HEAVEN sent. You might say that of the job Neil Gardner has landed. He is the new minister at the Canongate Kirk and, you might say this too, it's one of the jewels in the Church of Scotland crown.
There is no other parish quite like it in that within its embrace are the Queen and Prince Philip (when they hang out at Holyrood Palace), the Castle, the Scottish Parliament (when the roof's not falling in), the brand new Edinburgh City Council headquarters (once the builders depart) and, for heaven's sake, strategic command HQ of the Scotsman Publications.
You might want to throw in Dynamic Earth, Whitefoord House for ex-service personnel and Benes, the renowned Royal Mile chippie and suppliers of deep-fried Mars bars to the Palace on request.
But the Rev Gardner will tell you the nitty gritty for him will be the resident population of some 2500 on his doorstep.
They've long been accustomed to a man of the cloth who readily and genuinely mingles with the "locals." Cheerful Charlie Robertson, the wee Weegie who retired in October, was for all of 27 years such a mingler.
And, before him, the fabled in-with-the-bricks Selby Wright, a ground-breaking stalwart from 1937 up to retiring in 1977.
Will the new man serve this parish for a quarter of a century? He is only 40 and a 25-year stint would take him ever so neatly up to the 65 milestone. He was checking out the spacious furniture-less manse when we met, having motored down from Perthshire for the day.
"Looking round these rooms, I'm very conscious that I'll be following in the footsteps of Charlie and Selby. Undoubtedly they are hard acts to follow. But quarter of a century? Who knows? Obviously that scenario appeals but the duration of my stay here will rest largely with the congregation.
"I preached to them for the first time on Sunday April 9. If some members expected or indeed craved fire and brimstone from the pulpit, they'd be disappointed. That's rarely been my style."
Up there in the village he could count on worshippers regularly turning up in strength while contrastingly it's been many a year since standing-room-only signs have been posted in Edinburgh's churches.
"I'm well aware that congregations have dwindled here but I'm by no means disheartened by the state of the Church today, if that's the next question. We are working on it. You might say the Church of Scotland is cutting its cloth accordingly."
The sun was shining, glinting on the BMW that had brought him down in the Lord's care from berry-picking country (Selby Wright used a bike), the daffs were out and I seemed to have caught Dunbar-born and bred Neil Norman Gardner in onward-Christian-soldiers mode.
Soldiering isn't at all new to him. After training at Sandhurst, his seven years as an Army chaplain took him to Germany and West Belfast with the Scots Guards and to Hong Kong with the Black Watch. "Being a chaplain in the Army is like being a medic. The distinguishing feature between the role of Army chaplain and parish minister is that when there's danger in the Army, where there's conflict, you go with your flock. Ultimately I was posted to the Army's training regiment at Pirbright, Surrey . . . well away from Deepcut."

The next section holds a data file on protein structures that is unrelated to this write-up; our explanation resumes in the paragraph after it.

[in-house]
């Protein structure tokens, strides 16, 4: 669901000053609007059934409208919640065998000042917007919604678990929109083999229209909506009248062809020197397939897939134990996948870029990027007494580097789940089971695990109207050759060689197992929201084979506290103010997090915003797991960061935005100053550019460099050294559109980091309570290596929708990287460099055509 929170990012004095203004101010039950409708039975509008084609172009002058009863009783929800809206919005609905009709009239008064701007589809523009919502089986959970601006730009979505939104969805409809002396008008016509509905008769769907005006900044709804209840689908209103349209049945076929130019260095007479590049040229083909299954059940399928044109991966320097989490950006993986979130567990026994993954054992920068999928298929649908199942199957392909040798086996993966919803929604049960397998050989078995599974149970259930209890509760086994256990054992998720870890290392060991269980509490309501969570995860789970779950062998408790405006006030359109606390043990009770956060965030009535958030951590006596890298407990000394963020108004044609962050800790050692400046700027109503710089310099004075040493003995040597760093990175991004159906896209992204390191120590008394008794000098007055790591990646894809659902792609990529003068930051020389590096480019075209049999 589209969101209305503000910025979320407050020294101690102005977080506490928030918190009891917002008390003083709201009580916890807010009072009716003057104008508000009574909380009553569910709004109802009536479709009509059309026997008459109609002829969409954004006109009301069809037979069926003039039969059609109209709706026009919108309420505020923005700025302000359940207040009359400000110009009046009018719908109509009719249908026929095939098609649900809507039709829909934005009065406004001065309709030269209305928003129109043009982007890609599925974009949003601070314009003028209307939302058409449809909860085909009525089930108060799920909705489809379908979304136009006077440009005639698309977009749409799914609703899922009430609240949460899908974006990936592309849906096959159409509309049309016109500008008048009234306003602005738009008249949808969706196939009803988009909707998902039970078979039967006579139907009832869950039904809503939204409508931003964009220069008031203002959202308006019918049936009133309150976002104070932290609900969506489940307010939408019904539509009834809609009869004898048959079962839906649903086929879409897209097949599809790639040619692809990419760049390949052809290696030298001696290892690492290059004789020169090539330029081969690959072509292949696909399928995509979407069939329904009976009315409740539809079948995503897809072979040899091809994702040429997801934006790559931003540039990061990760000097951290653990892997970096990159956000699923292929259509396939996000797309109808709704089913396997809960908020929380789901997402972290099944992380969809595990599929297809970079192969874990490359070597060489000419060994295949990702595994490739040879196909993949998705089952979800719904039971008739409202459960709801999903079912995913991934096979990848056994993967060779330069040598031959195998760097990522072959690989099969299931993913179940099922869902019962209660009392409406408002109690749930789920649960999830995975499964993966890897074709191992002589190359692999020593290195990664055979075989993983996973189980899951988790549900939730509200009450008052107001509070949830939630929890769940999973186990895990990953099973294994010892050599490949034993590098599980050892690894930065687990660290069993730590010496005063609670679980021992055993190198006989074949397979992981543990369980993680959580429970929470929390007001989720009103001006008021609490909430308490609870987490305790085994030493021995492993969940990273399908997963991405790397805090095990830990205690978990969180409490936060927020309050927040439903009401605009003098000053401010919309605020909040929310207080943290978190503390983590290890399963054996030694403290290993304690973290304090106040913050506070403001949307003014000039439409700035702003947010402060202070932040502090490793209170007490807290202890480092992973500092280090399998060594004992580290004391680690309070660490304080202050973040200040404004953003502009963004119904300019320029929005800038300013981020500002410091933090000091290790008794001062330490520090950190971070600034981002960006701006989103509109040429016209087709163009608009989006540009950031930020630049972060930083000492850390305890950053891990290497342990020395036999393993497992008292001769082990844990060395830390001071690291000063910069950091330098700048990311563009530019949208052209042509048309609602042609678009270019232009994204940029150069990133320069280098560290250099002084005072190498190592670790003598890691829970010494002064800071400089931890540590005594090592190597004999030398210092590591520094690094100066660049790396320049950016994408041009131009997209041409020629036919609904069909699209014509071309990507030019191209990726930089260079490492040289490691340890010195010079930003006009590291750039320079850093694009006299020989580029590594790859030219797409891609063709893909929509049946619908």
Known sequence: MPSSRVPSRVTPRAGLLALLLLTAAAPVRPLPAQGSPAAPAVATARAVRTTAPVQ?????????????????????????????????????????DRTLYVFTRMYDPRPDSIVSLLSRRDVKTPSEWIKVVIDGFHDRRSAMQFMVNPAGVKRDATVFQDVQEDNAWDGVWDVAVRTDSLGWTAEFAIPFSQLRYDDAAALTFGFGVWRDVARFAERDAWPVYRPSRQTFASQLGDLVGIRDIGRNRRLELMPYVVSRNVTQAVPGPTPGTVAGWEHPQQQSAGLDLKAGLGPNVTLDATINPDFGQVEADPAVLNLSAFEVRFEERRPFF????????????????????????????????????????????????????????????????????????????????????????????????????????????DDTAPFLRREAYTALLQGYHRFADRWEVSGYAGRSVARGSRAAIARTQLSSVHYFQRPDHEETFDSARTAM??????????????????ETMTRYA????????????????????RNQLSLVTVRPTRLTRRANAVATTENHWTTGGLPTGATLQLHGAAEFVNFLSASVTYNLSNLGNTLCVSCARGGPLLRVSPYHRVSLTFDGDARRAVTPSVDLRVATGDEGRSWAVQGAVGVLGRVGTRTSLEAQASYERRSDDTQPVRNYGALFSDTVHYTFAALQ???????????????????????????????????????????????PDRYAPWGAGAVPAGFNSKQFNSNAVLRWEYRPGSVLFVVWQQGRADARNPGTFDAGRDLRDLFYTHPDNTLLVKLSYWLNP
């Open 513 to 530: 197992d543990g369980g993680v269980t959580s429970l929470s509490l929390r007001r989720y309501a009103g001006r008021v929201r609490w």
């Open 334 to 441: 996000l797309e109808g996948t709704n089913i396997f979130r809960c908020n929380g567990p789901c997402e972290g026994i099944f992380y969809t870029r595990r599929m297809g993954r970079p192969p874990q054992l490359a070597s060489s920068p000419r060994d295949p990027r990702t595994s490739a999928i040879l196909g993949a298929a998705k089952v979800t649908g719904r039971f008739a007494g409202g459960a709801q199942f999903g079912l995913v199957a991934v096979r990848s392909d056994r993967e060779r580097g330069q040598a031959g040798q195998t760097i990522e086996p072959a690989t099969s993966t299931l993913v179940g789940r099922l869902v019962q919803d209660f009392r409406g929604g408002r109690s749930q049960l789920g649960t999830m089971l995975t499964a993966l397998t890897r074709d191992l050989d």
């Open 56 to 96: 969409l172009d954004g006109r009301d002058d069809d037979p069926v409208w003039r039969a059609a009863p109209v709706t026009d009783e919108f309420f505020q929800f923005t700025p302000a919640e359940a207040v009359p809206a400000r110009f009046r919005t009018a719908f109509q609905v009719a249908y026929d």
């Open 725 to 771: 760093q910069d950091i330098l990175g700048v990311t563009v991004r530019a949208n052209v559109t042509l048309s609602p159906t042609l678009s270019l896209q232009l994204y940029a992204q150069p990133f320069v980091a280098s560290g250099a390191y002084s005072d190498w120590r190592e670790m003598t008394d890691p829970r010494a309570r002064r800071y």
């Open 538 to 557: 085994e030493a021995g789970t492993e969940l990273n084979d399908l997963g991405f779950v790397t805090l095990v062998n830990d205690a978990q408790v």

He adds: "One of the attractions about Alyth was that it was deep in the heart of Black Watch country. Three years ago, when the first of the regiment's soldiers was killed in Iraq, I took his funeral at Scone, his birthplace near Perth.
"I left the Army in 1998 but you never really lose your feeling and respect for the military once you've served and, as his minister and close friend, I was privileged to know Alfred Anderson, who died in November at 109.
"Alfred was the last surviving member of the famous First World War Christmas Eve truce between the British and German armies in France at Loos in 1914."
What's crystal clear to Neil, apart from the fact that when Her Majesty's flag is flying over Holyrood he will be the Queen's parish minister, is that he is now shrouded in history. The Canongate Kirk (renovation in 1990 cost half a million) housed prisoners after the Battle of Prestonpans in the mid-1700s and in the cholera epidemic in Edinburgh in the 1830s this parish played a major role in showing the world how to treat the disease.
Charlie Robertson was never fazed by the graveyard's we-never-close policy, saying of the winos, some of whom bed down among the graves: "They're not the worst, they need a place to retreat to."
Cans in hand and breaking into song and profanities from time to time at the entrance, they have become a tourist distraction.
The Rev Gardner will have to live with that. He was schooled at Dunbar Grammar until he left the East Lothian town in 1983 with highers in English, French, German, music and history and on to university at St Andrews and Edinburgh. Termtime placements took him to Mayfield here and Prestonkirk, Stenton and Whittingehame in East Lothian before he was licensed by Lothian Presbytery in 1990 and joined the Royal Army Chaplains Department the following year.
You get the impression that here's a man fit and qualified for this history-steeped pulpit. Tell me, I asked, as he measured me and his new abode up, do you have difficulty with belief?
"None at all. I am a very traditional, some might say old-fashioned, parish minister."